Due to preparing for a week of vacation, and then going on a week of vacation, and then recovering from a week of vacation, this blog has fallen from the wayside a bit. But I’m back, and I’ll try to wrap up this topic in a couple of postings.

When last we left our intrepid heroes, we were discussing Newton-Raphson root finding, how it’s used for reparameterizing a curve, and when it fails (namely when the speed on the curve approaches zero). The solution hinted at was the bisection method.

The bisection method is another root finding method. It makes use of the mean value theorem, which states that if you have a function *f*(*x*) that’s continuous on [*a*,*b*], and *f*(*a*)**f*(*b*) < 0 (i.e. they have opposite signs) then there is some value p between a and b where f(p) = 0. To find this point, we can use binary search.
This definitely applies in our case. The length of the curve is monotonically increasing, so there will be only one zero. If it's not at the beginning, then f(a) = length(a) - s = -s, which is less than zero. If it's not at the end, then f(b) = length(b)-s, which is greater than zero. Our endpoints have differing signs, so we can use the bisection method.
Reparameterization code which uses the bisection method is as follows:
[cpp]
// FindParameterByDistance() - bisection version
float
IvBezier::FindParameterByDistance( float t1, float s )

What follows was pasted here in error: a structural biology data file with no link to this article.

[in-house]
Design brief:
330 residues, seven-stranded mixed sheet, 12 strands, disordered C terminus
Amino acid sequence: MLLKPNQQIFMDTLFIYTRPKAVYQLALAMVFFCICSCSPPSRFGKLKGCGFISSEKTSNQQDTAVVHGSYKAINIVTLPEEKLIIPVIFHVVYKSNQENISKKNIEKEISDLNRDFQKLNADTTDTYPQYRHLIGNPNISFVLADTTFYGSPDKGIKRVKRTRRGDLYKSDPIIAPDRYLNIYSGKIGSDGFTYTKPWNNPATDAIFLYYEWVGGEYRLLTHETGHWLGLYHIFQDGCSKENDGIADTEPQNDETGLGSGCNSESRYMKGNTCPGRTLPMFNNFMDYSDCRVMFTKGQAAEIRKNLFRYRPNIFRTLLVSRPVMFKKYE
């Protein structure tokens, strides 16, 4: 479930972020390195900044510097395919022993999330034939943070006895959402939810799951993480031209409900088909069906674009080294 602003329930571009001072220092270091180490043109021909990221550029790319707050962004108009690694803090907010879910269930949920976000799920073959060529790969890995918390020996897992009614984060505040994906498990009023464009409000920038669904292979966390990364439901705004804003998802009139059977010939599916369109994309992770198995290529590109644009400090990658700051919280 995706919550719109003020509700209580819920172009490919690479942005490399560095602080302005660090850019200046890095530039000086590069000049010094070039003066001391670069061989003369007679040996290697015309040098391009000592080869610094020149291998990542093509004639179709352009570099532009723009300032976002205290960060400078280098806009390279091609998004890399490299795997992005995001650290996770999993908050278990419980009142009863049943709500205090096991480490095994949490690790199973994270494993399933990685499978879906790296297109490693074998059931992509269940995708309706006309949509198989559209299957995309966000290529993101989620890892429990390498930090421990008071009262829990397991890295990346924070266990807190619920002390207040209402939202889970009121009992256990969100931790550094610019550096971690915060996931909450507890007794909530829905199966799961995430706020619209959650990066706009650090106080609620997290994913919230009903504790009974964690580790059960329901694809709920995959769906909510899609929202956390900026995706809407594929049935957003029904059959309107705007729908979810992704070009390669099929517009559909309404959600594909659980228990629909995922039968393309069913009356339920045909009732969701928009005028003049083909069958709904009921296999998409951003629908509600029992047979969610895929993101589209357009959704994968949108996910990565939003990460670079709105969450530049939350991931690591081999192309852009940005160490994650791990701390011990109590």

{
// ensure that we remain within valid parameter space
if ( s >= ArcLength(t1, mTimes[mCount-1]) )

return mTimes[mCount-1];

if ( s <= 0.0f )
return t1;
// compute endpoints
float a = t1;
float b = mTimes[mCount-1];
for ( u_int i = 0; i < 32; ++i )
{
// compute midpoint
float p = (a + b)*0.5f;
// compute function value and test against zero
float func = ArcLength(t1, p) - s;
if ( ::IvAbs(func) < 1.0e-03f )
{
return p;
}
// perform bisection step
if ( func < 0.0f )
{
a = p;
}
else
{
b = p;
}
}
// done iterating, return failure case
return FLT_MAX;
} // End of IvBezier::FindParameterByDistance()
[/cpp]
So in some sense we've solved our problem. Given enough iterations, this code will converge even if the speed is zero. However, it won't converge very fast, so on average it will take more iterations than Newton-Raphson. The solution, hinted at before, is to combine the two: use Newton-Raphson whenever possible, and bisection when not. We'll cover that and wrap this topic up in the next update.

Hi Jim, it was nice meeting you at GDC.

I have run into a similar problem with our spline code. I wanted to take splines and drive a rigid body along it. Now there are two modes that I considered. The first is where a constraint is pushing the body along the spline according the original authored velocity.

The second, more interesting mode, is where the body can slide along the spline according to gravity, like a roller coaster. This works well until the spline has a point of zero velocity, because the constraint equations need a tangent vector. My solution? I decided to view this as a degeneracy and require that spline always have nonzero velocity. How nice!

Anyhow, I just found your blog and thought it was interesting that you ran into a similar problem.

Comment by Erin Catto — 5/30/2005 @ 3:10 am

Hi, Erin, good to hear from you! Yeah, I’m not really sure how the designers created a spline where the derivative of the length hit zero, but they managed it. The alternative, which I thought of as I was working on these postings, is that there was something wrong in the spline code that was producing a degeneracy. Still, probably better to handle the case robustly.

I’ve been working on a book review in my spare time for the past week, so I’ll relieve the suspense and get the final post up next week sometime.

Comment by Jim Van Verth — 5/30/2005 @ 3:30 pm